Examine the seal above, and find my standing, and oblige, kindly reply.

Yours sincerely

Rev. Isaiah S. Moteka


Ecclesiastical Executive Council (5a)

In the Christian Catholic Apostolic Church in Zion

2815 Ezra Avenue

Zion City, 111., USA

Native Affairs Department

Pretoria, Transvaal

South Africa

25 May 1940

Honourable Sirs,

Peace to thee:

This is to certify that the Rev Isaiah S Moteka of House No 222, Native Location, Bethlehem, O.F.S. South Africa, has been appointed Deputy Overseer and Official Representative of the work in South Africa for the Christian Catholic Apostolic Church in Zion, under our hand.

Very respectfully yours,

Edwin Harley Snelling Acting Authority


House No. 222

Native Location


The Secretary

Native Affairs Dept.


8 July 1940

Greetings Sir,

I am writing to you on the case of a great number of Ministers who call themselves by false means to be the Christian Catholic Apostolic Church in Zion, as their right religion or denomination. These kind of ministers are constantly asking the Government to offer them full rights of conducting this religion while they have not passed and known the Government's regulations for the offer of such rights.

Therefore honourable I undertake the opportunity of asking the Government to rely on me for such cases as I am the only right Deputy Overseer of this Church in SA, as being given the rights by the Executive Ecclesiastical Executive Council in America of this Church in America.

I am therefore the only Deputy Overseer who has the right to consult the Government on such matters, when the time is ripe for it to receive full consideration by the Government.

I am sir Your obedient Servant Isaiah Moteka


House No. 222

Native Location


2 January 1942

Dear Sir,

I have the honour to let the honourable gentleman understand that although I am keeping silence, I am not silent. I am still running after the above church and after all I am thanking the Master for the great help in the same period. I still lay myself before the Master though the Troubles of my Nation which can't build them up or can't build a good thing up, for them. My Lord it's really very far for us to have a good civilization. We can be educated, but it's in vain.

As the Master heard me speaking like this, it's because I see that we can't build up this Christian Catholic Apostolic Church in Zion. All these Zulus trying to be the enemies of this church. Why? Because one wants to be bigger than the others. J.B. Ndhlovu is fighting against IS Moteka because he was surprised to be the first, but he failed to carry on with the church. As I understand, he couldn't send overseas to get the good support for him. As we wished to wake up and carry on with the work here. He is in our way. I did join up with him but after I heard from my advisor I stopped working together with him. Now, Sir, after all, that's why I am saying your help is very good to us. I must thank the Master and hoping the same Authority to give us a hand and stop these in using the name of ours in trading money amongst Natives.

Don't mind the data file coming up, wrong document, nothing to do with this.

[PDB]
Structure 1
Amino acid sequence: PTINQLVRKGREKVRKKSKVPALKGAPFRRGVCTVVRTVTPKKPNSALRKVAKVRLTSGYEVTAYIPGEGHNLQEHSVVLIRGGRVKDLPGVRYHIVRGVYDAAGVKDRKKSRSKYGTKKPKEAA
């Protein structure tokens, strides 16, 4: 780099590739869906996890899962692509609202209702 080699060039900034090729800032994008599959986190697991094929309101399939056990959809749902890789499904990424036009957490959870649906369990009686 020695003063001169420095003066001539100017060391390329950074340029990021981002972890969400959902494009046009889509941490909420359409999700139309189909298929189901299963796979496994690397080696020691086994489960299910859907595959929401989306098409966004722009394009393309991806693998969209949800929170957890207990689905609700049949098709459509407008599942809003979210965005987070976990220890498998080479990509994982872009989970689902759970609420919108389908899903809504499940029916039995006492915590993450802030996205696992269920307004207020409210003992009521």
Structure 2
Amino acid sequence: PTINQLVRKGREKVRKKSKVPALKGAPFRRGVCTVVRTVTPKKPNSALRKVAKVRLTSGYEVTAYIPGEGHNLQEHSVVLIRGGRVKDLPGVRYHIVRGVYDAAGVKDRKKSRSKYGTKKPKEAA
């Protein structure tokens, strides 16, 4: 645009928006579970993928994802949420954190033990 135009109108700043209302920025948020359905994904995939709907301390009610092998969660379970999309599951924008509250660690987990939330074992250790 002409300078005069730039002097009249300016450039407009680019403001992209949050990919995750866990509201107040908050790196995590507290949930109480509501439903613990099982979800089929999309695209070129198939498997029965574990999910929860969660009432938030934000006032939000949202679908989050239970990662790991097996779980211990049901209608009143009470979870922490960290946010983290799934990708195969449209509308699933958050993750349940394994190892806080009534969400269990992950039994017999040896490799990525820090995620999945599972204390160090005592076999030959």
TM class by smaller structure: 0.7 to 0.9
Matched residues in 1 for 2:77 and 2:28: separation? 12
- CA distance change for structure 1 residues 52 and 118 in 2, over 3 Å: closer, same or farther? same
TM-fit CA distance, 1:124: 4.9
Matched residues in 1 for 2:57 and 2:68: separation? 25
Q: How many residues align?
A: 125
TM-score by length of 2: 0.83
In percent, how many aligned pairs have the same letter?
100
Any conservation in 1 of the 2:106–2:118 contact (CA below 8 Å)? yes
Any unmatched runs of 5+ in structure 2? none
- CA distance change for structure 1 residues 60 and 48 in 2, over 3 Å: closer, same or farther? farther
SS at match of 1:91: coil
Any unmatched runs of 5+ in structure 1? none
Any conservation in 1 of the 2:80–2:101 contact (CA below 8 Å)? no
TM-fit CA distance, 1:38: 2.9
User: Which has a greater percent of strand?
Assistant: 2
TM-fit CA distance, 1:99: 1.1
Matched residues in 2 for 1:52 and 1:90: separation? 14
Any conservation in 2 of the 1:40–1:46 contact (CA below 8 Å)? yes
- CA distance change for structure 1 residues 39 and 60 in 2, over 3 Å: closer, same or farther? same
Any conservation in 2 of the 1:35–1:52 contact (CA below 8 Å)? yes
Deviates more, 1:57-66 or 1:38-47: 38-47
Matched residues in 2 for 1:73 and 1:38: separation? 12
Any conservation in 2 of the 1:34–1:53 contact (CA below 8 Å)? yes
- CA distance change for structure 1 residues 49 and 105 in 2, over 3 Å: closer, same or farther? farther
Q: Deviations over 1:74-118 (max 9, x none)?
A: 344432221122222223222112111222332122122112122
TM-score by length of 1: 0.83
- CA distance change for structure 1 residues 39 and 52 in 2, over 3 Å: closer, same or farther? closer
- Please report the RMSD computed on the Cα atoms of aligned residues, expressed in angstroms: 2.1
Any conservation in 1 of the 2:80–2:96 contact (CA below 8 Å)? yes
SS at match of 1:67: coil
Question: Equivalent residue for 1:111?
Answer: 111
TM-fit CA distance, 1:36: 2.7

PS Sir, I am also appointed to hold up this church in Transvaal and outside Transvaal and I hope the Master will soon get a letter.

From Rev. I.S. Moteka as he is the Head of the said church.


House No. 222

Native Location


To the Secretary

Native Affairs Dept.


23 April 1942


I thank you sir for your letter of the 14th April 1942. May God bless you, until Jesus Christ comes.

Please my worship be kind to receive my request which I should like to bring before you. In your letter of the 10 Jan 1942, when you wrote to me instead of T you did write 'J'.

Again, in your letter of the 14lh April 1942, instead of Moteka you put Moeteka.

Therefore with honour and humility, I should like you, please sir, to write my name always in a proper way, please.

May God bless you and guide you there in your office. Amen.

I have the honour to be sir, Your obedient (Sir) (your) servant Isaiah S Moteka Under the kind Banner of our noble King of England. Amen.


The Christian Catholic Apostolic Church in Zion

9 May 1942

Sir, the above church with Headquarters in Bethlehem O.F.S. has numerous branches throughout the Union; as well as outside the Union as a result of the fast growing and developing of this church, we humbly beg that it should be recognized by the Government.